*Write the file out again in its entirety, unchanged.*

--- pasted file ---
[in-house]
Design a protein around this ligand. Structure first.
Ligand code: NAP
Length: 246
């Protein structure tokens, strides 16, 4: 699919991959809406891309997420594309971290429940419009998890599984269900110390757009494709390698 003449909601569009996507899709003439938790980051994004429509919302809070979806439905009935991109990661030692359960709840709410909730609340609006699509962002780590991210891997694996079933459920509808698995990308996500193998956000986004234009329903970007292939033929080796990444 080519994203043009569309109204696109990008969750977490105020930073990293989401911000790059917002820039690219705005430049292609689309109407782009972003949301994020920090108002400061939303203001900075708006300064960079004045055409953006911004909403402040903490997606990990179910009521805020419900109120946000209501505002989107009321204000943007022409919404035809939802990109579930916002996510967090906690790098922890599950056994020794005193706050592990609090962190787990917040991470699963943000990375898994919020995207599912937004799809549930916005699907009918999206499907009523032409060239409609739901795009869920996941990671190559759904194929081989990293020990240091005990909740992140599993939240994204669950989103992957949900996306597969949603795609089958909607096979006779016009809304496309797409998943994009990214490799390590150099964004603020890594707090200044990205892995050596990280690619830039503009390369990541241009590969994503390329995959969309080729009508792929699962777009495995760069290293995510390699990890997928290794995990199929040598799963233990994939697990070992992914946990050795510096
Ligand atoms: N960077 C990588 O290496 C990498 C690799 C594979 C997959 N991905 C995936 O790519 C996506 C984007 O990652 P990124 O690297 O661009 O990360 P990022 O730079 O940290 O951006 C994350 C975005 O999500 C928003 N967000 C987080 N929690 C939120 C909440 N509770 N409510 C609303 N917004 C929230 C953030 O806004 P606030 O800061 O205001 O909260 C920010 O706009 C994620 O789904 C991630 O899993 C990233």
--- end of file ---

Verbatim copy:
[in-house]
Design a protein around this ligand. Structure first.
Ligand code: NAP
Length: 246
């Protein structure tokens, strides 16, 4: 699919991959809406891309997420594309971290429940419009998890599984269900110390757009494709390698 003449909601569009996507899709003439938790980051994004429509919302809070979806439905009935991109990661030692359960709840709410909730609340609006699509962002780590991210891997694996079933459920509808698995990308996500193998956000986004234009329903970007292939033929080796990444 080519994203043009569309109204696109990008969750977490105020930073990293989401911000790059917002820039690219705005430049292609689309109407782009972003949301994020920090108002400061939303203001900075708006300064960079004045055409953006911004909403402040903490997606990990179910009521805020419900109120946000209501505002989107009321204000943007022409919404035809939802990109579930916002996510967090906690790098922890599950056994020794005193706050592990609090962190787990917040991470699963943000990375898994919020995207599912937004799809549930916005699907009918999206499907009523032409060239409609739901795009869920996941990671190559759904194929081989990293020990240091005990909740992140599993939240994204669950989103992957949900996306597969949603795609089958909607096979006779016009809304496309797409998943994009990214490799390590150099964004603020890594707090200044990205892995050596990280690619830039503009390369990541241009590969994503390329995959969309080729009508792929699962777009495995760069290293995510390699990890997928290794995990199929040598799963233990994939697990070992992914946990050795510096
Ligand atoms: N960077 C990588 O290496 C990498 C690799 C594979 C997959 N991905 C995936 O790519 C996506 C984007 O990652 P990124 O690297 O661009 O990360 P990022 O730079 O940290 O951006 C994350 C975005 O999500 C928003 N967000 C987080 N929690 C939120 C909440 N509770 N409510 C609303 N917004 C929230 C953030 O806004 P606030 O800061 O205001 O909260 C920010 O706009 C994620 O789904 C991630 O899993 C990233």